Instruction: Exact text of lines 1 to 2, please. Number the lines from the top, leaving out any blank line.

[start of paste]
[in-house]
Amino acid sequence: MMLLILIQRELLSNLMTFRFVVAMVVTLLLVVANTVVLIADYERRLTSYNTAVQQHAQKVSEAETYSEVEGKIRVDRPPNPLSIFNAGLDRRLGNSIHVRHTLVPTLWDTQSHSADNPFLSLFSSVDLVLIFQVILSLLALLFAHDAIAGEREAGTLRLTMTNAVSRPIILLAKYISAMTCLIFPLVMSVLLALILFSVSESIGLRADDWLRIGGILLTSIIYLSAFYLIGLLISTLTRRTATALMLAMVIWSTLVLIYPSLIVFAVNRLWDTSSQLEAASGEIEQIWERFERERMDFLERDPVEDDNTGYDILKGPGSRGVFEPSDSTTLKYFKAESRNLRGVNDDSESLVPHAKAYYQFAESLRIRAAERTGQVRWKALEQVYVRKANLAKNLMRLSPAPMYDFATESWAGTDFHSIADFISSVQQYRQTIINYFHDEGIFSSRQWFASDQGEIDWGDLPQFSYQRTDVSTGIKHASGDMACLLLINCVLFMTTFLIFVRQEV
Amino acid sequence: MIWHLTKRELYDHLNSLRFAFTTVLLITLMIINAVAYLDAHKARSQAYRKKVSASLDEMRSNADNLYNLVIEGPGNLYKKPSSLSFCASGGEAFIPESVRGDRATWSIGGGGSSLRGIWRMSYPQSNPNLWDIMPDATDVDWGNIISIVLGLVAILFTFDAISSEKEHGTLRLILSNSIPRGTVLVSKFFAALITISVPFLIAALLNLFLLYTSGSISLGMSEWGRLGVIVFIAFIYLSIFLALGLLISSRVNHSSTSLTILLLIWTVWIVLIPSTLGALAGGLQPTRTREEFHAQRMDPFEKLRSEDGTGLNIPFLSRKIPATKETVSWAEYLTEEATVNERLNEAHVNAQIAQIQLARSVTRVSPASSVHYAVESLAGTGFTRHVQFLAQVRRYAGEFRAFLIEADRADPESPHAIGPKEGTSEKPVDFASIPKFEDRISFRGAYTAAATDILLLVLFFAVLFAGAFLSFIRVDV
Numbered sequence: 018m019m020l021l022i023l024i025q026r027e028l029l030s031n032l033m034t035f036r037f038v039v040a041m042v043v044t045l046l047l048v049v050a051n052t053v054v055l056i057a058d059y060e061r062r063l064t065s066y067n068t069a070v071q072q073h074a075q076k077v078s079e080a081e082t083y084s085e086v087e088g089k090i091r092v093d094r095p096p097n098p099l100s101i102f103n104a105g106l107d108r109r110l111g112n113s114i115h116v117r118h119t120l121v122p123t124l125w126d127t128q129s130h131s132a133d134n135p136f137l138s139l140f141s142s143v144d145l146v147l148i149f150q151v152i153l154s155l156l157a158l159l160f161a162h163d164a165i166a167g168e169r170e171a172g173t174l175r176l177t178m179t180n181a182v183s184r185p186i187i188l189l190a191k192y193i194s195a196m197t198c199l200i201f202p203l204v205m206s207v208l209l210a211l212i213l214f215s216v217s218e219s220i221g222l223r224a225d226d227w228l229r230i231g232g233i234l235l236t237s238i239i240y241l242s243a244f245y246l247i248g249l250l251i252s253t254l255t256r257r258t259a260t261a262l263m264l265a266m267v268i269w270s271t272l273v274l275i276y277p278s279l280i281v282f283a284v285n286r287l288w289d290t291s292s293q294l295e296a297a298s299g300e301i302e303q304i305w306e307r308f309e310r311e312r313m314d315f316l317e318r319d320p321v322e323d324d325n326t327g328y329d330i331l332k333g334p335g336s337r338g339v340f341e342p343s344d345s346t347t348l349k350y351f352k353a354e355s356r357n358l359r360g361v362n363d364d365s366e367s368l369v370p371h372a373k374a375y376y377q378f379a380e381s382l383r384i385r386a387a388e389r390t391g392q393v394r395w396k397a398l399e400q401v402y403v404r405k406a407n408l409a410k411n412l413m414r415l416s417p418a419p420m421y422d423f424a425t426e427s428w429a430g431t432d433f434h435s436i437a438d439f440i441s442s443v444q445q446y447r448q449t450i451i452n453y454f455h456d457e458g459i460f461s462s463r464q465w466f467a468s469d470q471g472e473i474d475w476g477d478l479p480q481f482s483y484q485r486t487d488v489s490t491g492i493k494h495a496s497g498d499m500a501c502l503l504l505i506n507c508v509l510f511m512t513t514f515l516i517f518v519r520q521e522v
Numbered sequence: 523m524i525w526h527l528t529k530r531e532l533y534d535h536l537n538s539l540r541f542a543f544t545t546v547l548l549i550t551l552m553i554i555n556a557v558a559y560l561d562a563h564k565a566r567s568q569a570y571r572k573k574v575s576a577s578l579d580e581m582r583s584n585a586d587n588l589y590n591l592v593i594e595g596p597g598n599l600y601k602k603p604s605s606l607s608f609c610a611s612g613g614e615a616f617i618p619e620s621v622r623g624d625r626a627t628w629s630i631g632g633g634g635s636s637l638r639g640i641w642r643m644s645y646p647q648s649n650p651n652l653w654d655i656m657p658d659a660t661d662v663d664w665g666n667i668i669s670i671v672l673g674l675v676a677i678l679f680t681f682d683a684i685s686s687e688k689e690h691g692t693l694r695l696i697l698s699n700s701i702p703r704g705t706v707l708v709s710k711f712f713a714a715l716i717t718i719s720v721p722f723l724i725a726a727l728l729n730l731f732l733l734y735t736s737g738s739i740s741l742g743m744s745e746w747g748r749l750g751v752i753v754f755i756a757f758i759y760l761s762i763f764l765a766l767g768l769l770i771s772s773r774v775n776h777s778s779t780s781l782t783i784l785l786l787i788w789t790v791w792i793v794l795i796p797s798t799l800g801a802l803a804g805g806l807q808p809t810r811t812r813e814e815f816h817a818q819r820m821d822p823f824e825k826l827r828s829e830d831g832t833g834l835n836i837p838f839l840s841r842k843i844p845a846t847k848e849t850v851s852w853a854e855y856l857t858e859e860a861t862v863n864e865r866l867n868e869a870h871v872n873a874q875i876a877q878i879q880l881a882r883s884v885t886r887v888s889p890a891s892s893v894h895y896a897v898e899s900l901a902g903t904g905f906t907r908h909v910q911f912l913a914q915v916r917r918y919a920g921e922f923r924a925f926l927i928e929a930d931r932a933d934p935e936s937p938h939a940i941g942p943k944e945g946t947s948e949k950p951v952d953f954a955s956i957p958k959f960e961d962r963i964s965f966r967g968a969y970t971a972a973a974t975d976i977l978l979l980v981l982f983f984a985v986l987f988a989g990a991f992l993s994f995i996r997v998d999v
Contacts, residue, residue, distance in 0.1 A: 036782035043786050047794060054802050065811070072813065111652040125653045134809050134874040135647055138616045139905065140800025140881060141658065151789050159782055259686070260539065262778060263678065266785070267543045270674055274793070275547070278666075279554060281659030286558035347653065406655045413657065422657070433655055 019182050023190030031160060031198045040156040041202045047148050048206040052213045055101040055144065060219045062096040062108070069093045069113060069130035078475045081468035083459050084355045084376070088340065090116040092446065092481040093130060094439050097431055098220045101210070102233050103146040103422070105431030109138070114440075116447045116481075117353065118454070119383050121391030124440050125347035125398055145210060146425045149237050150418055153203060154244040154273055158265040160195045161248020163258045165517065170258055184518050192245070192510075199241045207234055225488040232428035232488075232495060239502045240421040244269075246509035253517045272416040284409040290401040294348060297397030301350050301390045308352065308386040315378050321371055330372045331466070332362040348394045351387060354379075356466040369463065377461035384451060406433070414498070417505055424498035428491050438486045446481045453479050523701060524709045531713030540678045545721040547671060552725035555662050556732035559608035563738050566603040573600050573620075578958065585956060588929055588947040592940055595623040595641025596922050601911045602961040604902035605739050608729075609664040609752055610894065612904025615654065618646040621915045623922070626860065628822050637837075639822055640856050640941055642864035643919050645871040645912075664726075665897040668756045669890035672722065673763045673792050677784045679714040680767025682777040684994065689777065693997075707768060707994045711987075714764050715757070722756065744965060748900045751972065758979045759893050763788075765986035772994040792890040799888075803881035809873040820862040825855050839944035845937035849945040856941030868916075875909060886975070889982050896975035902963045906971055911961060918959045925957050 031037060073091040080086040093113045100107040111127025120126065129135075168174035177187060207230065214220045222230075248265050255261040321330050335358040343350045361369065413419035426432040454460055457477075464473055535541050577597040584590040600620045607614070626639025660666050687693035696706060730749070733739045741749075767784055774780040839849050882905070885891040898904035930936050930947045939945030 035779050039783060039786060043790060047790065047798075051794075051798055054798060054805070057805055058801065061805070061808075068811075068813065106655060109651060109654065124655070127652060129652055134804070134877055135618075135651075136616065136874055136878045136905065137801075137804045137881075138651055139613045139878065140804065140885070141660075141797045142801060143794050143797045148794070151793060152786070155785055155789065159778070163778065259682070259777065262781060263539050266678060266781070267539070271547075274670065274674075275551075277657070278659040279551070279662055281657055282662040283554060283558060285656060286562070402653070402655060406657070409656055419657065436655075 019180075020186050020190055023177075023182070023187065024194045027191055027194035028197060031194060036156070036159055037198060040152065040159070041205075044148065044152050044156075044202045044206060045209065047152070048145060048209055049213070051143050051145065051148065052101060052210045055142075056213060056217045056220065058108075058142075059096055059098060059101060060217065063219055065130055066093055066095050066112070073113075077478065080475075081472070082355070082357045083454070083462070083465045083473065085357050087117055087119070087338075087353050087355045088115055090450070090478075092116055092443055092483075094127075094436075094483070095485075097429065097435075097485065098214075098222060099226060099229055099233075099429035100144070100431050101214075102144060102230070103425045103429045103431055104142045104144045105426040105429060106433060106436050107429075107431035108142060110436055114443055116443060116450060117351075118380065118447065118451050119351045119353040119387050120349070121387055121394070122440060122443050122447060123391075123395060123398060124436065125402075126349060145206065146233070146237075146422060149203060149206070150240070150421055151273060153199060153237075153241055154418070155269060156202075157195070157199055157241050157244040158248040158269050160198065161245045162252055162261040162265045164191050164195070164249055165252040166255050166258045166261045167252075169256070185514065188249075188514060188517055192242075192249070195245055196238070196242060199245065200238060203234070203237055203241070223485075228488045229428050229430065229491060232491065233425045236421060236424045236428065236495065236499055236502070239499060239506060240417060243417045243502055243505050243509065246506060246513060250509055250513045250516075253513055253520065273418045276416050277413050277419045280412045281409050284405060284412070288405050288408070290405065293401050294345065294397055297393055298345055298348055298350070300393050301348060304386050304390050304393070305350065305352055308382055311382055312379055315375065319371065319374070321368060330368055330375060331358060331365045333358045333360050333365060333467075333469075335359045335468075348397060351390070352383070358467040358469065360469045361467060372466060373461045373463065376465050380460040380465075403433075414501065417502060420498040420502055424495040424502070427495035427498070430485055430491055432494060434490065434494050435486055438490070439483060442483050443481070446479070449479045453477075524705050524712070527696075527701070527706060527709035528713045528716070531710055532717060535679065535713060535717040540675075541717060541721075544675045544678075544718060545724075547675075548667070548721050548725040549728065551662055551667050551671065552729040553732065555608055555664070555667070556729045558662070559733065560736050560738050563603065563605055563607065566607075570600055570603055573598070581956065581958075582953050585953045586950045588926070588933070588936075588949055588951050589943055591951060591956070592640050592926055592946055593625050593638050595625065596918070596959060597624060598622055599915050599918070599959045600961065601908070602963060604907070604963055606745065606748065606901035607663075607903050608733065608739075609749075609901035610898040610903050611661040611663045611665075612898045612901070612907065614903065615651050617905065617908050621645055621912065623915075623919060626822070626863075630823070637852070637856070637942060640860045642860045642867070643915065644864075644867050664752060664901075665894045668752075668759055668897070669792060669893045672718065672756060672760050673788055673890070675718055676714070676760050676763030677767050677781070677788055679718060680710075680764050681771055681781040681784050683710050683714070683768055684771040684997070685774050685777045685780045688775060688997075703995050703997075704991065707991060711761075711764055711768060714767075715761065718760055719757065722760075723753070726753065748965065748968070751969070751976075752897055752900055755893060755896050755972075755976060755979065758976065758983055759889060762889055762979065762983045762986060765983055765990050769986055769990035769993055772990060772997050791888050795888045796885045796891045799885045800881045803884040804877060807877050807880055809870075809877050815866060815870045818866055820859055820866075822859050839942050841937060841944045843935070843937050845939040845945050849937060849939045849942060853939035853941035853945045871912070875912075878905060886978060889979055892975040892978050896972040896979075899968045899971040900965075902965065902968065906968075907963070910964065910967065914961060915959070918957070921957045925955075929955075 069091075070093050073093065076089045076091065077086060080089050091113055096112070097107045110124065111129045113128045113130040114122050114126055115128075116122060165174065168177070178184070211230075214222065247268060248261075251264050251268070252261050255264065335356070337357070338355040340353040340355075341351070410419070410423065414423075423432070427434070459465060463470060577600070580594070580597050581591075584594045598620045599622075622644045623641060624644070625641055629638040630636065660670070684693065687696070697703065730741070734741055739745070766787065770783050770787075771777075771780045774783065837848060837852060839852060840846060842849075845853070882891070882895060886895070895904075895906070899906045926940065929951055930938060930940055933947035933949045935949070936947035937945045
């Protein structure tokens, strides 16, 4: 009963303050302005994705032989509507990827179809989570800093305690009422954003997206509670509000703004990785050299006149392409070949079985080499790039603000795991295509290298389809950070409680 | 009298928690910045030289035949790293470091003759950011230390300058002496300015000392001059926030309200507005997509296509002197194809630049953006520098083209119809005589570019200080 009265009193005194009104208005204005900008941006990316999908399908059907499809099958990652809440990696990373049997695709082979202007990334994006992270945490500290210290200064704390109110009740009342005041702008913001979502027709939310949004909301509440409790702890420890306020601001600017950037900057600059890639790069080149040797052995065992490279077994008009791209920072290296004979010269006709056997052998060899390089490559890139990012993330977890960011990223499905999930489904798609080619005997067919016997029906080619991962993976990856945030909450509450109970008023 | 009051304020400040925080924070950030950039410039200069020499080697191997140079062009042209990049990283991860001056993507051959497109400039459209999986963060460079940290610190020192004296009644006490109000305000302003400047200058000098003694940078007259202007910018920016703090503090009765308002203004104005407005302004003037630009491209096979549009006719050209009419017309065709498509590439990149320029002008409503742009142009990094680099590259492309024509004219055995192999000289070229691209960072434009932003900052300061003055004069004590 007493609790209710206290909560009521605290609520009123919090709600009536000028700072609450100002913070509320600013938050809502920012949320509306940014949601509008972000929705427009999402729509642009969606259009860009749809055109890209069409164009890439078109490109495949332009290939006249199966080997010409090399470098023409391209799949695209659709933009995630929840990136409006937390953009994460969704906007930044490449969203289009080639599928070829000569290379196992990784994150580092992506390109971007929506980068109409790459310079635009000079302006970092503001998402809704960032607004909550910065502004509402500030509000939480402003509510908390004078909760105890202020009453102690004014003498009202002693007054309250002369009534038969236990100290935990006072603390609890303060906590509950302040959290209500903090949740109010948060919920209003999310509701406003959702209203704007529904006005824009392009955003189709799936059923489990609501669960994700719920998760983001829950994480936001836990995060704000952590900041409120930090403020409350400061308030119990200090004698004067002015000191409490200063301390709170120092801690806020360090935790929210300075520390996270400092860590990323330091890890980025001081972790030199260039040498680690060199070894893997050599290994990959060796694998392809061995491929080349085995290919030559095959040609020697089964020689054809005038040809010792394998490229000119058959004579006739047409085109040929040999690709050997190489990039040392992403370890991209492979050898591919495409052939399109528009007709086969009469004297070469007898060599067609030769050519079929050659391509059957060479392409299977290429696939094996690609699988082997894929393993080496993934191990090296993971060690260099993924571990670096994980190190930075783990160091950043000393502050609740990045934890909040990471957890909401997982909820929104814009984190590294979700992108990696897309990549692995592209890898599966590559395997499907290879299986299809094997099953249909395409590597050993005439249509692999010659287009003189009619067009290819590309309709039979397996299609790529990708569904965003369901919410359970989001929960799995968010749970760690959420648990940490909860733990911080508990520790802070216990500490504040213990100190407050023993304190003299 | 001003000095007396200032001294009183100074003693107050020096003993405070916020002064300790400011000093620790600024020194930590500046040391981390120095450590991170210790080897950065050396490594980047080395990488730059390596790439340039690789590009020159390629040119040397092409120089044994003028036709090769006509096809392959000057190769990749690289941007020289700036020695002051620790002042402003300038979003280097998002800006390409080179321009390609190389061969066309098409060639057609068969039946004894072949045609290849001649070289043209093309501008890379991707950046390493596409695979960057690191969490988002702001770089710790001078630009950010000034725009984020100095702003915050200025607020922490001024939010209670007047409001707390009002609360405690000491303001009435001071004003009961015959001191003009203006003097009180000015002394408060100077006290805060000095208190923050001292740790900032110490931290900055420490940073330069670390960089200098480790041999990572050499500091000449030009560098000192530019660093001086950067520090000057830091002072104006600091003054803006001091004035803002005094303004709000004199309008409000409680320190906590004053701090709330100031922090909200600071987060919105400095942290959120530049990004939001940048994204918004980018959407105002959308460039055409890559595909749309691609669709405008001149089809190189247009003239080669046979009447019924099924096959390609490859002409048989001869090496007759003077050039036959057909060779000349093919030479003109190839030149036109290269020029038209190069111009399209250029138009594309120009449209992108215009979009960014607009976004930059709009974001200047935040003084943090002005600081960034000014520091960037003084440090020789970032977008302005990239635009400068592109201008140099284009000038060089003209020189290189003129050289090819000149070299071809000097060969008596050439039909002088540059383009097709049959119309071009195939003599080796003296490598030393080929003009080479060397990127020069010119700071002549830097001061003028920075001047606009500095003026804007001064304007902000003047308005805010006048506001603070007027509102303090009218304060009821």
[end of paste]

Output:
[in-house]
Amino acid sequence: MMLLILIQRELLSNLMTFRFVVAMVVTLLLVVANTVVLIADYERRLTSYNTAVQQHAQKVSEAETYSEVEGKIRVDRPPNPLSIFNAGLDRRLGNSIHVRHTLVPTLWDTQSHSADNPFLSLFSSVDLVLIFQVILSLLALLFAHDAIAGEREAGTLRLTMTNAVSRPIILLAKYISAMTCLIFPLVMSVLLALILFSVSESIGLRADDWLRIGGILLTSIIYLSAFYLIGLLISTLTRRTATALMLAMVIWSTLVLIYPSLIVFAVNRLWDTSSQLEAASGEIEQIWERFERERMDFLERDPVEDDNTGYDILKGPGSRGVFEPSDSTTLKYFKAESRNLRGVNDDSESLVPHAKAYYQFAESLRIRAAERTGQVRWKALEQVYVRKANLAKNLMRLSPAPMYDFATESWAGTDFHSIADFISSVQQYRQTIINYFHDEGIFSSRQWFASDQGEIDWGDLPQFSYQRTDVSTGIKHASGDMACLLLINCVLFMTTFLIFVRQEV